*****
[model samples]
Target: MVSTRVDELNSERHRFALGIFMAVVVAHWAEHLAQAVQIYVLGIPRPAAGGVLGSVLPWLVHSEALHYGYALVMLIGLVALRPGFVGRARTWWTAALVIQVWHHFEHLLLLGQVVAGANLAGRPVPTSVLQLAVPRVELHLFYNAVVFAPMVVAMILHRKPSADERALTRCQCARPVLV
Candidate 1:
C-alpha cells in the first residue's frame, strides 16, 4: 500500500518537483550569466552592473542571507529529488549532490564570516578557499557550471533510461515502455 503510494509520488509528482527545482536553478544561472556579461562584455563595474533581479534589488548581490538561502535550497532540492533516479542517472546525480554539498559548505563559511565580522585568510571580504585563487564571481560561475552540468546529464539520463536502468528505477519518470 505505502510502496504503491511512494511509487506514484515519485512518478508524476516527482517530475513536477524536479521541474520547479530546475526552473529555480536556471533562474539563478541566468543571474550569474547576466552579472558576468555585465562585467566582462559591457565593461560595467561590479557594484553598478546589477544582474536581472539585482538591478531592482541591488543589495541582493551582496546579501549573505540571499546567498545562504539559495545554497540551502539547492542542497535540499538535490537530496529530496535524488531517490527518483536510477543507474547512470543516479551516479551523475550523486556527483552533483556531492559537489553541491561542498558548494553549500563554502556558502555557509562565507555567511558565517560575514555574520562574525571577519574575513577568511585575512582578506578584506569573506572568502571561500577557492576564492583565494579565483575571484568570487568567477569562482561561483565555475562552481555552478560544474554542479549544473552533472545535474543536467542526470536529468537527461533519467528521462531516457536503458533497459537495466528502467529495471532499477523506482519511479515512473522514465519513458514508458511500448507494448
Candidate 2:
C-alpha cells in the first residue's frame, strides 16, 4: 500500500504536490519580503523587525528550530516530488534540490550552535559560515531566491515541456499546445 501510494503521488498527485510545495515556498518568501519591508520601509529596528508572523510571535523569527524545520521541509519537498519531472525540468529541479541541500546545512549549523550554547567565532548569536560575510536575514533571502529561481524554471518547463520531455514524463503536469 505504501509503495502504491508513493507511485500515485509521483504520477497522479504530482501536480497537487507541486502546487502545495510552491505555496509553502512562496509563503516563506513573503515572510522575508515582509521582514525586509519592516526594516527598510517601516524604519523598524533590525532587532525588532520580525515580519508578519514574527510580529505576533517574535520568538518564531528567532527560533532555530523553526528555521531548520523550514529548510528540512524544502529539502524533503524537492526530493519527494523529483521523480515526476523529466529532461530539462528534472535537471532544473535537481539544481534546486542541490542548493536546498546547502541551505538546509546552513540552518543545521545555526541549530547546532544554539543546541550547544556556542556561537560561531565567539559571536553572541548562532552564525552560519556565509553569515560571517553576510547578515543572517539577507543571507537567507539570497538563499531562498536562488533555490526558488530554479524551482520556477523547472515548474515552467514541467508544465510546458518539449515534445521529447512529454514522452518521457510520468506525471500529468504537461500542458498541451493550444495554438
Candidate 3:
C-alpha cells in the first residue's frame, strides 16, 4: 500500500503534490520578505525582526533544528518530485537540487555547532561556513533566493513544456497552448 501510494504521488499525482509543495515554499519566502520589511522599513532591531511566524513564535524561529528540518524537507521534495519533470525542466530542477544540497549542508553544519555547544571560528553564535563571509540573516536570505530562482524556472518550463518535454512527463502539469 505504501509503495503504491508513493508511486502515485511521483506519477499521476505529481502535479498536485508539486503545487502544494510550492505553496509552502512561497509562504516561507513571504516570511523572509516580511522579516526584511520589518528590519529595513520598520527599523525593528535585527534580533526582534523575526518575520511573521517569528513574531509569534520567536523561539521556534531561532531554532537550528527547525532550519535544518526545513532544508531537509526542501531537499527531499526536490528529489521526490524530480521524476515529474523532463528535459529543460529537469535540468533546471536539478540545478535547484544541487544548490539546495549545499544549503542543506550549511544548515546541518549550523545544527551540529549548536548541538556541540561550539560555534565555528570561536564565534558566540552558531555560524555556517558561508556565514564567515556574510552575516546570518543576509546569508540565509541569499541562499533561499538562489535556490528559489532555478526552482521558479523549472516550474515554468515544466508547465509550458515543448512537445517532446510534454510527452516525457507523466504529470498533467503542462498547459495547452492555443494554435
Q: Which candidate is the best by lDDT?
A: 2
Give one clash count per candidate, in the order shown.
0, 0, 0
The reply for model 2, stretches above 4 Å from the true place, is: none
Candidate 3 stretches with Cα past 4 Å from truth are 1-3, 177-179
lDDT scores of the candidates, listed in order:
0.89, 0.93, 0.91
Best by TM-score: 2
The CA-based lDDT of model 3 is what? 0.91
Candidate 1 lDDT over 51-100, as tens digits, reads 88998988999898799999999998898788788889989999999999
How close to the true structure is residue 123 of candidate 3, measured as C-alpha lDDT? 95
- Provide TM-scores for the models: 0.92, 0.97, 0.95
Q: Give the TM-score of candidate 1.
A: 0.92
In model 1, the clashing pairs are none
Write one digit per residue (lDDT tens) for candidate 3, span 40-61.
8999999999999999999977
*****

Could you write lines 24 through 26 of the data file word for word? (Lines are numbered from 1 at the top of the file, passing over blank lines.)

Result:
In model 1, the clashing pairs are none
Write one digit per residue (lDDT tens) for candidate 3, span 40-61.
8999999999999999999977